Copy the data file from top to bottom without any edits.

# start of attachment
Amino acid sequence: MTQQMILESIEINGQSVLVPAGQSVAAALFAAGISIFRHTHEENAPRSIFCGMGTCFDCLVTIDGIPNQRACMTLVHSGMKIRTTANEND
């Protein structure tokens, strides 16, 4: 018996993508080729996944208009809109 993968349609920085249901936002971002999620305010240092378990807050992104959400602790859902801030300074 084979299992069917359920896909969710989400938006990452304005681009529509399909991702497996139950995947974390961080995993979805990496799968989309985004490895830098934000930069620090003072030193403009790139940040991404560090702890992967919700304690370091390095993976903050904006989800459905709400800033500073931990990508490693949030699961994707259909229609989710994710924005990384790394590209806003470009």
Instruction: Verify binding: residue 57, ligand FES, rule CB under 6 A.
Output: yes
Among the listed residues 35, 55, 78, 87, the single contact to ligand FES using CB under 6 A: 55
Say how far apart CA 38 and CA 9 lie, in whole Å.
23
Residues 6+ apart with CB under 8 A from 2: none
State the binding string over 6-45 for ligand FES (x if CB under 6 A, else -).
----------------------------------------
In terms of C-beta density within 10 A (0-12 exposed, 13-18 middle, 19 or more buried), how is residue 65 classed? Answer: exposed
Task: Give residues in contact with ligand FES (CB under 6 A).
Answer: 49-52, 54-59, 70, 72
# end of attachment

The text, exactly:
Amino acid sequence: MTQQMILESIEINGQSVLVPAGQSVAAALFAAGISIFRHTHEENAPRSIFCGMGTCFDCLVTIDGIPNQRACMTLVHSGMKIRTTANEND
């Protein structure tokens, strides 16, 4: 018996993508080729996944208009809109 993968349609920085249901936002971002999620305010240092378990807050992104959400602790859902801030300074 084979299992069917359920896909969710989400938006990452304005681009529509399909991702497996139950995947974390961080995993979805990496799968989309985004490895830098934000930069620090003072030193403009790139940040991404560090702890992967919700304690370091390095993976903050904006989800459905709400800033500073931990990508490693949030699961994707259909229609989710994710924005990384790394590209806003470009």
Instruction: Verify binding: residue 57, ligand FES, rule CB under 6 A.
Output: yes
Among the listed residues 35, 55, 78, 87, the single contact to ligand FES using CB under 6 A: 55
Say how far apart CA 38 and CA 9 lie, in whole Å.
23
Residues 6+ apart with CB under 8 A from 2: none
State the binding string over 6-45 for ligand FES (x if CB under 6 A, else -).
----------------------------------------
In terms of C-beta density within 10 A (0-12 exposed, 13-18 middle, 19 or more buried), how is residue 65 classed? Answer: exposed
Task: Give residues in contact with ligand FES (CB under 6 A).
Answer: 49-52, 54-59, 70, 72